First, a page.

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  • Are these Bomb Cyclones & Weird Temps Climate Change? glacier-melting Full view

    Are these Bomb Cyclones & Weird Temps Climate Change?

    Remember when winter was so warm that we (almost) celebrated climate change?

    With a recent cold snap and bomb cyclone, it feels like meteorologists are just inventing new weather terms now. (Or at least 5 people stated around the office fruit water cooler.)

    But is what we’re experiencing climate change? Can we officially declare victory?

    Unfortunately, it’s not that easy. We chatting with Rachel Valletta, Ph.D., Environmental Scientist of the Franklin Institute to get the 411.

    What the current Weather Means for Climate Change

    We can’t say that the bomb cyclone proves that climate change is real. Or cold snaps – or one hurricane – or any of the recent weather events.

    Valletta explains that climate scientists are quick to point out that weather patterns do NOT equal climate change. (Reference: our current president and a stream of responses asking where global warming is during cold temperatures.) Weather is what’s happening right now, that day-to-day rain or sunshine. Climate change references what’s happening over an extended period – aka statistical averages. Valletta uses the example of Michael Mann, that “just because you’re in a grumpy mood, doesn’t mean you’re a grumpy person.” We can’t point to one specific day and be like “THIS IS CLIMATE CHANGE.” (Even though when we’re doing that every day, it feels a bit weird.)

    Climate change is still happening.

    “Even though we’ve had crazy low temperatures, 2017 will still go down as one of the top 3 hottest years on record for the globe,” as Valletta points out. As we recently experienced frigid temps in the Northeast, Phoenix was experiencing record high temps. (The world is weird, right?)

    We’re still going to see weather abberations, highs, and lows in temperatures.” 

    Warming oceans send more moisture and energy into the atmosphere, which means stronger storms.

    So yes, climate change is real. That bomb cyclone, those super-powerful hurricanes and the crazy amount of wildfires last year aren’t all a coincidence. “We are starting to fingerprint anthropogenic climate change effects in extreme weather events,” according to Valletta.

    While you can’t blame a hurricane on climate change, you can attribute the strength to climate change. For example: regardless of climate change, Hurricane Harvey would have happened. “But we can say part of the reason Hurricane Harvey was so intense us due in part to warming sea surface temperatures, which make hurricanes stronger,” states Valletta.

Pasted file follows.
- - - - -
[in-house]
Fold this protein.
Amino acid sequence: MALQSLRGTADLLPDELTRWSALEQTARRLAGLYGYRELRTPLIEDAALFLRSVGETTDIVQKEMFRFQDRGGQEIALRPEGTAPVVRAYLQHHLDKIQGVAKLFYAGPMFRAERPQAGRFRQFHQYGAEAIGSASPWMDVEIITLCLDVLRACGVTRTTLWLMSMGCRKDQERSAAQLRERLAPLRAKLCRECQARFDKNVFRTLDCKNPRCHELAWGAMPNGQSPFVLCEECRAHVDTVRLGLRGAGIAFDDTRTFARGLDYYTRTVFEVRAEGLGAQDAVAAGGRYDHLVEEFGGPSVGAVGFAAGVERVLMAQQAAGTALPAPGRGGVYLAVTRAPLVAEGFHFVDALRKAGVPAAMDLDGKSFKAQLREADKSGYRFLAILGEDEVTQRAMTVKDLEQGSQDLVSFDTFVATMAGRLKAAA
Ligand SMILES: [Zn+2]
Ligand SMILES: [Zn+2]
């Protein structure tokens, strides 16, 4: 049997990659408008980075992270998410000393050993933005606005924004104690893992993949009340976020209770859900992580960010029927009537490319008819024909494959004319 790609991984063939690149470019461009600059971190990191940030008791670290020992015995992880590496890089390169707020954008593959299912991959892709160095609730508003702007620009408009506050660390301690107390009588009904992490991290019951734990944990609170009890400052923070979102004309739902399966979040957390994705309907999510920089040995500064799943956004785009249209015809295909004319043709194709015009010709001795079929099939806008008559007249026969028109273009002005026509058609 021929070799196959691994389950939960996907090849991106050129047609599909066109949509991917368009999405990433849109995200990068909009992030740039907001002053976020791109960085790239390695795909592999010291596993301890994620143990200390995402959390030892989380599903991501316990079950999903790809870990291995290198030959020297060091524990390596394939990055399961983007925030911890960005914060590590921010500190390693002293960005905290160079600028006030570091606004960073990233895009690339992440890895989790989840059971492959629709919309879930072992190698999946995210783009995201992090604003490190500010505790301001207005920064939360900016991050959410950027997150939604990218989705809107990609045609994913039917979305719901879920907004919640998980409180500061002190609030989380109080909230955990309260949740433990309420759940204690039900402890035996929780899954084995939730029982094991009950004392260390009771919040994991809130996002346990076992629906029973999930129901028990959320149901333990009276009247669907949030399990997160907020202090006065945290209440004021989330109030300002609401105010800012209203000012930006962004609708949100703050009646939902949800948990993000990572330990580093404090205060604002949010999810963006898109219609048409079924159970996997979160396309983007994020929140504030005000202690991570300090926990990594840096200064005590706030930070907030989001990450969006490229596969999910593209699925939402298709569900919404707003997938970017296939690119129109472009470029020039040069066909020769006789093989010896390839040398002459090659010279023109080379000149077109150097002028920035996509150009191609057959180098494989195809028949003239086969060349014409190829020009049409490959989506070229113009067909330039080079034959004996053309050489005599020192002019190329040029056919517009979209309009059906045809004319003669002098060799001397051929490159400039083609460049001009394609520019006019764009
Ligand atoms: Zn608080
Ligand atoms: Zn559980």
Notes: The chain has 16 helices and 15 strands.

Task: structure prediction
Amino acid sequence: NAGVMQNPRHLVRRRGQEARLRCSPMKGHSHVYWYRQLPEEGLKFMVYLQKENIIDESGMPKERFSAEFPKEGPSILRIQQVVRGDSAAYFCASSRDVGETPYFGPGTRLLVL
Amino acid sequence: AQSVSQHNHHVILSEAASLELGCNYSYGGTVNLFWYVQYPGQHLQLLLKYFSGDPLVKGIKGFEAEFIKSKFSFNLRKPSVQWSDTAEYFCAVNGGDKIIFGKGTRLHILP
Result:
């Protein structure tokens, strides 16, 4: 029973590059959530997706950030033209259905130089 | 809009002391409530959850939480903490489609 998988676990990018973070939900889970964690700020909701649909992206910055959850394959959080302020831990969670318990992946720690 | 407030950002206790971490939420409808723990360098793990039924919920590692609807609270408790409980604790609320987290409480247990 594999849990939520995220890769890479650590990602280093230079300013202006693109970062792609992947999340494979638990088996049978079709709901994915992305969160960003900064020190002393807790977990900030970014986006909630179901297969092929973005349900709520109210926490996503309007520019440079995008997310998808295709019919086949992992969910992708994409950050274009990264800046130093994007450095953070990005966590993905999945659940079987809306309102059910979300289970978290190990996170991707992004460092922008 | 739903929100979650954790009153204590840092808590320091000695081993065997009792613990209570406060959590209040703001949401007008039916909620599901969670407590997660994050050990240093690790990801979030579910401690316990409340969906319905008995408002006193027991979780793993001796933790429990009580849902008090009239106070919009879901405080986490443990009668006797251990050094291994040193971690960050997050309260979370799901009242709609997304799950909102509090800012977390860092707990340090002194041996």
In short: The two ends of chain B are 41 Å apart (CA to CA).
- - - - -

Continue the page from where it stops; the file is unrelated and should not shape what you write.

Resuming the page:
What can we expect from climate change here in Philly?

    Due to climate change, Philadelphia is expected to be hotter and wetter. And yes, we will likely see more bomb cyclones in the future Northeast.

    Valletta is also the CUSP Director, which helps talk about hyperlocal climate change. We’ll see the effects pretty soon. “By the 2020s, it’s going to be hotter and warmer with 1-2 additional weeks per year of daily temperatures over 90* F (in Philly).”  

    By the mid-century or 2050s, we’ll see a MONTH more of days over 90* F.  We’ll be seeing an increasing number of duration and number of heat waves. And that wetter Philadelphia isn’t just a few more waterings for our plants. “We’re not just talking more rainstorms, but an increased probability of downpours,” as Valletta shares.

    Sounds like time to stock up on umbrellas and shorts!

    If this is such a big deal, why aren’t we talking about climate change more?

    It may feel like we’re not hearing people declare climate change enough. A recent report stated that media outlets underreported climate change in 2017, despite the number of extreme weather events, with only 9% of pieces that discussed climate change referencing solutions or mitigation.

    You’d think that scientists would be more vocal, right? On the one hand, they have to be cautious to declare their predictions as fact. Scientists are working with new and quickly changing models since they measure these events in real-time. As Valletta explains, “It takes decades of rigorous observation to capture variability within the climate system. It will take time for the various impacts of anthropogenic climate change to be born out in those records.”

    Online commenting has added to the mix. Climate scientists have been a target of negative press and may be a little gun-shy. But other scientists are calling on their colleagues to be more vocal and involved with policies.

    Regardless, we need to redirect the conversation to become more action-oriented.

    “Climate change will be costly, financially and in terms of people who will be injured. We know we need to respond to intense, more frequent storms, and not be hung up whether climate change may or may not be a part of it.”


    Just remember: all hope isn’t lost yet. “We can still mitigate the worst effects of climate change with if we act on energy transitions and personal lifestyle changes.”  


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    Julie Hancher

    About Julie Hancher

    Julie Hancher is Editor-in-Chief of Green Philly, sharing her expertise of all things sustainable in the city of brotherly love. She enjoys long walks in the park with local beer and greening her travels, cooking & cat, Sir Floofus Drake.

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